Above: Associate Professor Dr Meera Agar, director of palliative care at Braeside Hospital.
By Stephen Easton
One of the nation’s leading centres of palliative care research has received $20,000 in prize money that will help it continue finding the best ways to make life more comfortable for people with advanced illnesses.
Last week, the $20,000 Premier’s Award for Innovation in Cancer Clinical Trials went to a team led by Associate Professor Dr Meera Agar, director of palliative care at Braeside Hospital, a specialist palliative care centre run by HammondCare in the Sydney suburb of Fairfield.
The research team from Sydney South West Palliative Care Service won the award for “their commitment to providing access to clinical trials to every patient treated in the Sydney South West Area Health Service“.
The clinical trials are aimed at improving quality of life for people in palliative care by finding the best ways to relieve specific symptoms of cancer, as well as other advanced illnesses like late-stage dementia.
There are currently 15 such trials underway, on topics ranging from improving appetites to relieving uncomfortable and painful symptoms like delirium and bowel obstruction. More than 150 participants have shared their palliative care experiences over the past 12 months.
Dr Agar said the prize money would help to continue the research, which relied mainly on talking to people receiving palliative care, and their families, about how different interventions made them feel.
“I think we need research staff because the participants in these sorts of trials need someone who can be dedicated to their care while they’re participating,” she said. “Especially given that we want to make sure we can visit people in their homes, and those people can be living anywhere between Liverpool and Bowral.”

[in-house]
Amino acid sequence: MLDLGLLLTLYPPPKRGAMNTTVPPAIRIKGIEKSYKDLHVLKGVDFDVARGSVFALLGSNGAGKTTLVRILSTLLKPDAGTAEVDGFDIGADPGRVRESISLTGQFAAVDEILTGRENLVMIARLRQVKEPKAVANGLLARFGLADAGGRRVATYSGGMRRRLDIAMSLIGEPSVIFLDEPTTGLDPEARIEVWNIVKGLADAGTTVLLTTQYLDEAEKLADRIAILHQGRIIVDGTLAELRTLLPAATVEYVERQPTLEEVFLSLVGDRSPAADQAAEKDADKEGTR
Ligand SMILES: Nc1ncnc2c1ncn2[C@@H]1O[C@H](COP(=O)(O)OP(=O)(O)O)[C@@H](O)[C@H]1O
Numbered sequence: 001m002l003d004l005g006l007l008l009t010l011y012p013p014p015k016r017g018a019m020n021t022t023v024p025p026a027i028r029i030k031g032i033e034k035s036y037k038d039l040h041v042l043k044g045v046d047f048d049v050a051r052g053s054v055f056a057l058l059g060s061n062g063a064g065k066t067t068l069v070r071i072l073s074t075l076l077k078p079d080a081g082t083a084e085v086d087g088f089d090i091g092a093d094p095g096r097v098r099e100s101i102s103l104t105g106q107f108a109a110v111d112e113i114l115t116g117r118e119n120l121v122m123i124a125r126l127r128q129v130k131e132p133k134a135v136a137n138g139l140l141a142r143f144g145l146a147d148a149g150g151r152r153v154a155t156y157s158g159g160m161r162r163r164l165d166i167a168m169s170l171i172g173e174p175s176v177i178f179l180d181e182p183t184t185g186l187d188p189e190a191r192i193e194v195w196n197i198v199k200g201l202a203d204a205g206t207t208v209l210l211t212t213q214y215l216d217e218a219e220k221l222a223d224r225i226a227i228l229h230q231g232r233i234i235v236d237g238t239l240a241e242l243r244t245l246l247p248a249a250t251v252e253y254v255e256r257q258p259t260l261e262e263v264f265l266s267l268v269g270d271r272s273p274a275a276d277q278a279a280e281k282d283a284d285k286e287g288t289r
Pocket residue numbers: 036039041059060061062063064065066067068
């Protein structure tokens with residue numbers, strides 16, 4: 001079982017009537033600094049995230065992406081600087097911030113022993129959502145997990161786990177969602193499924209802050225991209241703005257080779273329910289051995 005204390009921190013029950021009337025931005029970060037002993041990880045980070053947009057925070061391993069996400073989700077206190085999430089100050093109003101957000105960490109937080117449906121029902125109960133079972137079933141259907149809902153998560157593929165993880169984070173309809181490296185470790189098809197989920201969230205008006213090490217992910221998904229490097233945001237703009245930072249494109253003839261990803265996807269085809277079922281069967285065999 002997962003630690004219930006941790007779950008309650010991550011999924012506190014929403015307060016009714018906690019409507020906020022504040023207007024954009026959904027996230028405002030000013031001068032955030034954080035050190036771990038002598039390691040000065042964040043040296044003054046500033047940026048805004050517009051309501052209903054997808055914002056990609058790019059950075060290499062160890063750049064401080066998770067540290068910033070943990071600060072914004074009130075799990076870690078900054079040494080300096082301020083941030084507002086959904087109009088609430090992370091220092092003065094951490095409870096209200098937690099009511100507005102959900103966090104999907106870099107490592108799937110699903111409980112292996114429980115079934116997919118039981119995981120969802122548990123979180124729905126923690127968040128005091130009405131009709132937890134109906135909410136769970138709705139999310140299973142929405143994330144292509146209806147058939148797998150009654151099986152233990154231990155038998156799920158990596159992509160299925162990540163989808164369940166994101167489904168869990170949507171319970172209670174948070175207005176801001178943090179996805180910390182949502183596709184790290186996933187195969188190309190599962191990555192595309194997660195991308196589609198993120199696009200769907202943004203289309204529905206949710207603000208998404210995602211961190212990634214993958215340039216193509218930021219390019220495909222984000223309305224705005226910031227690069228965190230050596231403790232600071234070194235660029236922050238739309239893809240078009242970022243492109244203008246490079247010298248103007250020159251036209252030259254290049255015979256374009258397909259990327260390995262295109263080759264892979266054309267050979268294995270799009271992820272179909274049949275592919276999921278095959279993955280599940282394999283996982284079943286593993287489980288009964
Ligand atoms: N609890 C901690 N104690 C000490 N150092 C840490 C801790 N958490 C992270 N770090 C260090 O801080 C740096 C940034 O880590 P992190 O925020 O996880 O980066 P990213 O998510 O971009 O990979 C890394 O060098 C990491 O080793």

“We need enough nurses to support the participants – personnel with experience and skills in research and also talking to people with advanced illnesses – that would be the best addition to our unit.”
Dr Agar said that traditionally, most cancer research had focused on treatment rather than the best ways to provide comfort in its late stages, and that the same was true of dementia – most research had looked at possible causes, preventions and cures, rather than care.
“We believe that regardless of whether you have an advanced illness or not, you should be receiving the best evidence-based care, but it needs to be research that’s done sensitively and feasibly for the types of people that are involved.”
“Most of the outcomes of our trials come from patients reporting their symptoms themselves but we also get the caregivers to be involved – they’re equally affected – it’s not just the person with the disease; their family also experiences pain.”
As her team continues to provide palliative care at the same time as studying the best ways to do so, the prize-winning doctor hopes to develop a large body of best-practice knowledge that will be made widely available to improve the quality of palliative care wherever it is provided.
“One [goal] would be having some really robust evidence that certain medicines work really well to manage certain symptoms, and making sure they’re actually available for people who need them.
“The other aspect is, to improve patient outcomes, we would want to advocate for that model of care to be widely available to other patients around the country.”
WATCH Dr Agar speak about her work at Braeside Hospital in the video below, thanks to the Cancer Institute NSW.